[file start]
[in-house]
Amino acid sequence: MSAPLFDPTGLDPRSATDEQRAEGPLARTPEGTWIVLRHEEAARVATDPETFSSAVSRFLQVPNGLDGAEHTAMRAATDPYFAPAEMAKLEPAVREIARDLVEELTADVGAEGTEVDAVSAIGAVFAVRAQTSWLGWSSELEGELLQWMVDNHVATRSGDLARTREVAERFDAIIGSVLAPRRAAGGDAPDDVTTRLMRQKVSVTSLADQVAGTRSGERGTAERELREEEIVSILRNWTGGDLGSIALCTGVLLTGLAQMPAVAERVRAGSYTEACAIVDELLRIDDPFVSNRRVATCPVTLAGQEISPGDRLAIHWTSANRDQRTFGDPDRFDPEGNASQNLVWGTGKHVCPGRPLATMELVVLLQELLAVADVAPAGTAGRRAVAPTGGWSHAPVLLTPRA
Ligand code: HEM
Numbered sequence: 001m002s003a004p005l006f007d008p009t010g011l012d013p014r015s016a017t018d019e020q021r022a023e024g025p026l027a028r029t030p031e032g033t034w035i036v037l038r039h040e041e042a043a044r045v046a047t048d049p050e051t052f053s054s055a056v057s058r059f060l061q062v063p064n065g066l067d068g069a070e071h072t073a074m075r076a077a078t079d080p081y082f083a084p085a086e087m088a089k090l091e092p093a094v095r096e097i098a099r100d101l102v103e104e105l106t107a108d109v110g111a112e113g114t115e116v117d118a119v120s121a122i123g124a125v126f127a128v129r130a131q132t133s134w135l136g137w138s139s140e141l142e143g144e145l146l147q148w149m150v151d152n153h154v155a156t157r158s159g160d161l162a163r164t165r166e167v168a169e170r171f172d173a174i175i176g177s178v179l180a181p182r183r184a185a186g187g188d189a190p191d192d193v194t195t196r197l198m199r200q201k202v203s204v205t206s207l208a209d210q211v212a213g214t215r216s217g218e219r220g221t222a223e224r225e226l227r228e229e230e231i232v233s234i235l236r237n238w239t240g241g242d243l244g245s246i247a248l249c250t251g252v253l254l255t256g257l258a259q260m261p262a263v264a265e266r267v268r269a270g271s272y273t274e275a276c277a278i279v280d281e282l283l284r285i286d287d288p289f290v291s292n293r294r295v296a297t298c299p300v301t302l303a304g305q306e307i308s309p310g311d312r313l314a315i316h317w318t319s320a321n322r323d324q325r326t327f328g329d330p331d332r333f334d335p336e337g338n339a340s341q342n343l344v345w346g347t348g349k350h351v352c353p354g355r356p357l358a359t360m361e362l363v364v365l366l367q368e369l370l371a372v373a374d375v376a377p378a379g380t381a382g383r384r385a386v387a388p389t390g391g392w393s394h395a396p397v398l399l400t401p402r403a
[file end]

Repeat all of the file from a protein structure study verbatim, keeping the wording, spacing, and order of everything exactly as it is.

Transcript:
[in-house]
Amino acid sequence: MSAPLFDPTGLDPRSATDEQRAEGPLARTPEGTWIVLRHEEAARVATDPETFSSAVSRFLQVPNGLDGAEHTAMRAATDPYFAPAEMAKLEPAVREIARDLVEELTADVGAEGTEVDAVSAIGAVFAVRAQTSWLGWSSELEGELLQWMVDNHVATRSGDLARTREVAERFDAIIGSVLAPRRAAGGDAPDDVTTRLMRQKVSVTSLADQVAGTRSGERGTAERELREEEIVSILRNWTGGDLGSIALCTGVLLTGLAQMPAVAERVRAGSYTEACAIVDELLRIDDPFVSNRRVATCPVTLAGQEISPGDRLAIHWTSANRDQRTFGDPDRFDPEGNASQNLVWGTGKHVCPGRPLATMELVVLLQELLAVADVAPAGTAGRRAVAPTGGWSHAPVLLTPRA
Ligand code: HEM
Numbered sequence: 001m002s003a004p005l006f007d008p009t010g011l012d013p014r015s016a017t018d019e020q021r022a023e024g025p026l027a028r029t030p031e032g033t034w035i036v037l038r039h040e041e042a043a044r045v046a047t048d049p050e051t052f053s054s055a056v057s058r059f060l061q062v063p064n065g066l067d068g069a070e071h072t073a074m075r076a077a078t079d080p081y082f083a084p085a086e087m088a089k090l091e092p093a094v095r096e097i098a099r100d101l102v103e104e105l106t107a108d109v110g111a112e113g114t115e116v117d118a119v120s121a122i123g124a125v126f127a128v129r130a131q132t133s134w135l136g137w138s139s140e141l142e143g144e145l146l147q148w149m150v151d152n153h154v155a156t157r158s159g160d161l162a163r164t165r166e167v168a169e170r171f172d173a174i175i176g177s178v179l180a181p182r183r184a185a186g187g188d189a190p191d192d193v194t195t196r197l198m199r200q201k202v203s204v205t206s207l208a209d210q211v212a213g214t215r216s217g218e219r220g221t222a223e224r225e226l227r228e229e230e231i232v233s234i235l236r237n238w239t240g241g242d243l244g245s246i247a248l249c250t251g252v253l254l255t256g257l258a259q260m261p262a263v264a265e266r267v268r269a270g271s272y273t274e275a276c277a278i279v280d281e282l283l284r285i286d287d288p289f290v291s292n293r294r295v296a297t298c299p300v301t302l303a304g305q306e307i308s309p310g311d312r313l314a315i316h317w318t319s320a321n322r323d324q325r326t327f328g329d330p331d332r333f334d335p336e337g338n339a340s341q342n343l344v345w346g347t348g349k350h351v352c353p354g355r356p357l358a359t360m361e362l363v364v365l366l367q368e369l370l371a372v373a374d375v376a377p378a379g380t381a382g383r384r385a386v387a388p389t390g391g392w393s394h395a396p397v398l399l400t401p402r403a